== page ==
Considering the years-long shroud of secrecy surrounding Brad Bird’s film, I’ll respectfully tip-toe around the specifics of the story. We meet a teen girl (Britt Robertson) who finds a pin that magically transports her to the futuristic, science-minded utopia of Tomorrowland. While seeking to learn the pin’s origins, she finds herself pursued by laser gun-touting villains and encounters a reclusive scientist (George Clooney) who may hold the key not only to where Tomorrowland exists, but why.
The visual effects are beautiful, the production is impressive (everything from the sets to the costumes are top notch) and the film’s overall message is wonderful. Michael Giacchino’s score is among his best and everyone in the cast gives it their all. Clooney looks dashing wearing a jet pack and excels playing a hybrid of Mr. Wizard and Harrison Ford. Robertson is plucky and adorable in the lead and manages not to get upstaged by all the mayhem that ensues.
I agree with the film’s insistence that cynicism, indifference and acceptance of a doomsday scenario is preventing mankind from pursuing the possibilities and alternate outcomes available in science. Rather than simply wait for Armageddon, how about taking action and figuring out a way to sustain and enrich both the planet and the human experience? It’s a refreshingly optimistic point, one that the movie botches by bludgeoning us with it again and again. Rather than trust the audience to grasp and be moved by what the film is saying, the characters are constantly reiterating what’s already been said.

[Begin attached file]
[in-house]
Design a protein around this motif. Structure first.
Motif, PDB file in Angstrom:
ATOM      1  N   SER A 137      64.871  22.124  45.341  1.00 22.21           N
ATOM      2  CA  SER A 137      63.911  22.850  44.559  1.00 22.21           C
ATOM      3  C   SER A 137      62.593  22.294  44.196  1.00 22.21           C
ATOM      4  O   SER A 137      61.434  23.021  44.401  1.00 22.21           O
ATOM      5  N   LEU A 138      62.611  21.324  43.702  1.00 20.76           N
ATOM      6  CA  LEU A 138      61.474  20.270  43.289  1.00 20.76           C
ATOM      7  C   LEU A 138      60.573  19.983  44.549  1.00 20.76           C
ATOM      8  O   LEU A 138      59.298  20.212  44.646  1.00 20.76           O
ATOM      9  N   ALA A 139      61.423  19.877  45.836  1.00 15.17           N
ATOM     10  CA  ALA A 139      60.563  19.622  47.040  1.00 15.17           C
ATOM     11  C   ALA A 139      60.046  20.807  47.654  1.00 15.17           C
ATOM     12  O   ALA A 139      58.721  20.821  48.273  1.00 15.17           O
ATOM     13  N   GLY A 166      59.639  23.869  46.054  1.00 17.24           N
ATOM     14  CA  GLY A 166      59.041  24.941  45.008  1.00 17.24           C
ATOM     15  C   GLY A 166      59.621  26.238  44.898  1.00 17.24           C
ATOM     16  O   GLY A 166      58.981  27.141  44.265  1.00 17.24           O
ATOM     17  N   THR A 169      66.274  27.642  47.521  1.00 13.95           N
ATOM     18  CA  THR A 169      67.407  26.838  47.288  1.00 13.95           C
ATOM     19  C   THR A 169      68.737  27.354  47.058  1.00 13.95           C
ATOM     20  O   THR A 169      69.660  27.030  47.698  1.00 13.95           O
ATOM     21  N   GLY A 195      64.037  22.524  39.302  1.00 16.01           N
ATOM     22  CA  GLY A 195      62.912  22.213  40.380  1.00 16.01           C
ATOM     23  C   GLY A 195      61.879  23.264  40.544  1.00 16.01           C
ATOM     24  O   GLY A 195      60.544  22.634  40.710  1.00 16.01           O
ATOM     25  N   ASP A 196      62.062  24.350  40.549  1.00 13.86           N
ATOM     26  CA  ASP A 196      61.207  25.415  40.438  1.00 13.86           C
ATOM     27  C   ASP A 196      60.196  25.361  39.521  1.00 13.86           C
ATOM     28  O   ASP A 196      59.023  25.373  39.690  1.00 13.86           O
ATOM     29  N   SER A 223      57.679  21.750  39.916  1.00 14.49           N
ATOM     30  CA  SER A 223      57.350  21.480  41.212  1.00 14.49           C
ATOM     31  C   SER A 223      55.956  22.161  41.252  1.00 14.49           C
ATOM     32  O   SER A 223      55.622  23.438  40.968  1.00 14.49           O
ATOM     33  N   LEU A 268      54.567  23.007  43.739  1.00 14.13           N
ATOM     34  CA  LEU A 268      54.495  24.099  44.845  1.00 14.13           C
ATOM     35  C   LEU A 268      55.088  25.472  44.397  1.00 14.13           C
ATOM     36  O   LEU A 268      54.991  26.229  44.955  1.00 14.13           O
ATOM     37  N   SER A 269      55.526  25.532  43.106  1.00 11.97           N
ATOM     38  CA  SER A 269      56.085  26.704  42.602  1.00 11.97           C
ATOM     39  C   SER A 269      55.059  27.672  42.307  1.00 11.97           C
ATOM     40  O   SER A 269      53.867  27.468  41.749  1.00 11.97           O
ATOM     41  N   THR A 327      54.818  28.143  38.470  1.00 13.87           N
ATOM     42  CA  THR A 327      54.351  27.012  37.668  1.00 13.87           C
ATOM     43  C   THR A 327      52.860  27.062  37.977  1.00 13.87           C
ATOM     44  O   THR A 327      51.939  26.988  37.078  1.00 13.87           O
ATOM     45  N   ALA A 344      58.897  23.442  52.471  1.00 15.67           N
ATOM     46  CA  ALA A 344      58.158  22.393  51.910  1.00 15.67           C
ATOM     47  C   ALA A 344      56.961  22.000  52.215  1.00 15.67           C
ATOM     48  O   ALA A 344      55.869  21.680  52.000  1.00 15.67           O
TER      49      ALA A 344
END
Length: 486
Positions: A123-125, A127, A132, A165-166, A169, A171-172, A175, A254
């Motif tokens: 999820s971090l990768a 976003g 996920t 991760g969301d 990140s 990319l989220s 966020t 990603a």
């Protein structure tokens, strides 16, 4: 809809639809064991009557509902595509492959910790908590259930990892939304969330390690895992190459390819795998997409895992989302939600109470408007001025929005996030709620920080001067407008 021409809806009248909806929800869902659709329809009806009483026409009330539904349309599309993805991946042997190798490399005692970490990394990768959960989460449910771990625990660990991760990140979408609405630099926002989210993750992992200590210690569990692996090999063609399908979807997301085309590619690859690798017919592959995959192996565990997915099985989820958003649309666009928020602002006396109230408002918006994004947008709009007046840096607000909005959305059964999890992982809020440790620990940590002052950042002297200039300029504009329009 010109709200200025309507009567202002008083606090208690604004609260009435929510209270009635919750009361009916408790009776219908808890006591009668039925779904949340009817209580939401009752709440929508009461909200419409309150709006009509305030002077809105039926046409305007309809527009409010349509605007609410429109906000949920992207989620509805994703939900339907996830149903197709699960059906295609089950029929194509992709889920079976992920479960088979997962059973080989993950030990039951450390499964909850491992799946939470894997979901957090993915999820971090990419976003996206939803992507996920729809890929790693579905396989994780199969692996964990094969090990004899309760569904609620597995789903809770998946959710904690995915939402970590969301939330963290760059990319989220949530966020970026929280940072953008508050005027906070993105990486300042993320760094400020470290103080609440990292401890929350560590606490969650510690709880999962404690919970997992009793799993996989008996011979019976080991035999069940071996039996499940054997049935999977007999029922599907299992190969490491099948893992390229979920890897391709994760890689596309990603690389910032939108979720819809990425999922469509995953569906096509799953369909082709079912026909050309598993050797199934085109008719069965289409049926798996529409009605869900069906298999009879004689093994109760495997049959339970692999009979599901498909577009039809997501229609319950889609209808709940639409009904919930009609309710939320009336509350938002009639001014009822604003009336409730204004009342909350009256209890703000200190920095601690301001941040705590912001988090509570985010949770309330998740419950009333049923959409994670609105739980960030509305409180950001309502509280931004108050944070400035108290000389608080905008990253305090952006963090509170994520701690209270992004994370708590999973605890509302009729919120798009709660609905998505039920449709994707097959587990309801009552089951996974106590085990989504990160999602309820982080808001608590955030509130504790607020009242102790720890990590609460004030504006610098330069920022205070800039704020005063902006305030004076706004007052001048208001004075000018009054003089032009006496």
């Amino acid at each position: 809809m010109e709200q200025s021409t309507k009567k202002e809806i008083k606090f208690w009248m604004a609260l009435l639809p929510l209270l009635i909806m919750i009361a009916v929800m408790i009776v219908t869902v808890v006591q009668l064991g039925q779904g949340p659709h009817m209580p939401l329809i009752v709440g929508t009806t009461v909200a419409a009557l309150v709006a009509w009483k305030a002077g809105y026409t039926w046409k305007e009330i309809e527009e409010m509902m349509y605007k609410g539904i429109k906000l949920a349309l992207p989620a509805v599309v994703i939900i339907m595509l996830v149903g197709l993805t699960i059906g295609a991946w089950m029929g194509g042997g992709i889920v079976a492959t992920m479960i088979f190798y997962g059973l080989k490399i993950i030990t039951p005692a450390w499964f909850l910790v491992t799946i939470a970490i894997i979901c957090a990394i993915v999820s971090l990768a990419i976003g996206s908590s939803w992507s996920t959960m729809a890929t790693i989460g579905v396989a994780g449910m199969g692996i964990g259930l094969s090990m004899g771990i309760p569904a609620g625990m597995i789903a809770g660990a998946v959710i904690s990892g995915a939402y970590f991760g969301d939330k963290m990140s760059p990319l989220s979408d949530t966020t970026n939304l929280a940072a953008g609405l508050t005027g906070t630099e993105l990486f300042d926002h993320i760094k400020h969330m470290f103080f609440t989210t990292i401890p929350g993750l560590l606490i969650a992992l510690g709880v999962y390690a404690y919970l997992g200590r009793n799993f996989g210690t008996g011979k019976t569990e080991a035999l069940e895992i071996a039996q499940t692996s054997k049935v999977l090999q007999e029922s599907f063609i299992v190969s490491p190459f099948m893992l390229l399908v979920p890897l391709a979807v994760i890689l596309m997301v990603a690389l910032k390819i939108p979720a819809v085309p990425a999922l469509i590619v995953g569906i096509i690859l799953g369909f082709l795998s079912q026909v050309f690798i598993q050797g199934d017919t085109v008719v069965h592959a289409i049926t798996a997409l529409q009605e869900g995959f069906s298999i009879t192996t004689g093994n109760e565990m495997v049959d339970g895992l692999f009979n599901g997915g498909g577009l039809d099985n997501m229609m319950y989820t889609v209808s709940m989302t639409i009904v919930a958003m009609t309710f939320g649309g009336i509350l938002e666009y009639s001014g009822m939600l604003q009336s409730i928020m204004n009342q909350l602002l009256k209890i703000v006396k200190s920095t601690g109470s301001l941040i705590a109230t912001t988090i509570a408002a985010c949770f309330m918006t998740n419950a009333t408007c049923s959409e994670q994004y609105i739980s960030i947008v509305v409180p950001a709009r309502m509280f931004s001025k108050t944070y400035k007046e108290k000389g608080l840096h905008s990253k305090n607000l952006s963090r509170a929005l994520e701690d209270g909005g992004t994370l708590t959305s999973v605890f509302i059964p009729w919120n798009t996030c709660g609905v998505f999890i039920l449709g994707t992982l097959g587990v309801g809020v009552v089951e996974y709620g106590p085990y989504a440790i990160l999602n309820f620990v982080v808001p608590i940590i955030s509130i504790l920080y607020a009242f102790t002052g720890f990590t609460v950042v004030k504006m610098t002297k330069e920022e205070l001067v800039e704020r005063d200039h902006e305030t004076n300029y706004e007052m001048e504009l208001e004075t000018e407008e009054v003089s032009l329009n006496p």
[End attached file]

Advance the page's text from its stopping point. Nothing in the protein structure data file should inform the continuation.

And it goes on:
A scene in a sci-fi nostalgia store is the first instance where the film really steps wrong. The shop is wall-to-wall with varying movie memorabilia and Star Wars merchandise (yes, Disney, we haven’t forgotten what movie you have coming out in December). You can sense the filmmakers are relying on commercialized nostalgia to carry the scene. Then Keegan Michael-Key and Kathryn Hahn show up, funny but hammy in weird turns. A laser shootout takes place, the store explodes and I started wondering who the filmmakers imagined were watching their movie.
Whenever Tomorrowland starts building momentum, it pauses for a lengthy dialogue exchange. The insistence on talky exposition makes the pace stop-and-start. With many scenes of headless robots and (bloodless) laser battles, it struck me that this is likely too intense and long-winded for young children.
I have reservations about giving Tomorrowland two stars, since it includes some fine moments and a solid point to make (even if that point looks like a glossy commercial in the closing moments). I loved the opening scenes, set in an impressive recreation of the World’s Fair. But at the end, I left unsatisfied, hoping that someone will still make a real Space Mountain movie.